Elderly doctors are considering retirement but find it difficult to step away from their practice. This hesitation is due to concerns like financial security or workplace frustration. It is tough to finally retire because they know their services are still needed. There is a genuine concern for their patients’ welfare and what happens to their patients when they retire. A review by the Human Resources for Health found that many doctors expect to retire at sixty — yet a disproportionate population of doctors from all over the world retire beyond that age. An analysis of this phenomenon is mirrored in an article published by the Medical Journal of Australia stating that some doctors consider the centrality of work and feel responsible for their patients. If a replacement cannot be found, this becomes another consideration for retiring doctors.
Responsibility for their Patients
Nowadays, the nature of the industry inherently builds more complex relationships between patient and practitioner. There is a deeply rooted sense of purpose shared by many healthcare providers beyond their individual pursuit of success. Years of immersion often build a strong shared sense of accountability for people in the communities that these physicians serve. This transcends transactional interactions and suggests deeper levels of involvement.
Another contributor to delayed retirement is the fact that doctors spend so much time in school just to qualify for practice. Those at the pinnacle of their career tend to stay longer and feel like they’re not ready to retire because of the time they have spent in study and specializations. Many believe they started their careers later than others and that they have to retire late too.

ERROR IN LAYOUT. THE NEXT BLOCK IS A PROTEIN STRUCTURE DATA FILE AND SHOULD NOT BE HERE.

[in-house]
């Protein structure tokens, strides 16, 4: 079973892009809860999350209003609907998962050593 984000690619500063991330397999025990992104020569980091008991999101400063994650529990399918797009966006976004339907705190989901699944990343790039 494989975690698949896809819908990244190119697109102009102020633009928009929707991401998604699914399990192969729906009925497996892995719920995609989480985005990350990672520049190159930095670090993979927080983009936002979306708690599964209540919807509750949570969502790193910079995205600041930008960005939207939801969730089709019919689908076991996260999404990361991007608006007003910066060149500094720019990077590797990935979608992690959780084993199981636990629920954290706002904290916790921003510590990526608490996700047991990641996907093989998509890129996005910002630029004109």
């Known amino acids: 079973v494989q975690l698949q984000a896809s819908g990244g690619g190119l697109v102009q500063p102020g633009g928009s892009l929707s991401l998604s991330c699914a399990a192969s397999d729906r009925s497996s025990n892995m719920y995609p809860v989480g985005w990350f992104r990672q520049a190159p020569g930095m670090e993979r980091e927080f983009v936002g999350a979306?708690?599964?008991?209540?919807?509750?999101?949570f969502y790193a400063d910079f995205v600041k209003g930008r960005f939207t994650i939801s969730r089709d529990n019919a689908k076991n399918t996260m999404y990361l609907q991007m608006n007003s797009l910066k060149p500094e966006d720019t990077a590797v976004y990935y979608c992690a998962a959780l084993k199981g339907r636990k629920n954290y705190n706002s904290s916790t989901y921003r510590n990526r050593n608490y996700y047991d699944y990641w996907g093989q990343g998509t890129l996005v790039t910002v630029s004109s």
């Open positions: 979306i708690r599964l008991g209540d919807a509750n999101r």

Mentorship as a Solution
Given these reasons for delayed retirement, what can institutions and the doctors themselves do to cope? The same research report detailed the importance of balancing retirement and waiting for the next generation of physicians. Key areas where institutions and physicians can collaborate is via medical mentorship programs which encourage direct involvement in medical education. Similarly, emphasis must be given for transitory systems within medical institutions. These practices ensure that retiring physicians have a peer qualified to handle their workload once they retire.
Seek Advice from Loved Ones and Professionals
On the individual level, there is no easy way to deal with the worries they face when considering retirement. The most that one can do is to take it one day at a time and to keep communicate with their financial advisor, colleagues, family, and even consider seeking help from a certified retirement counselor.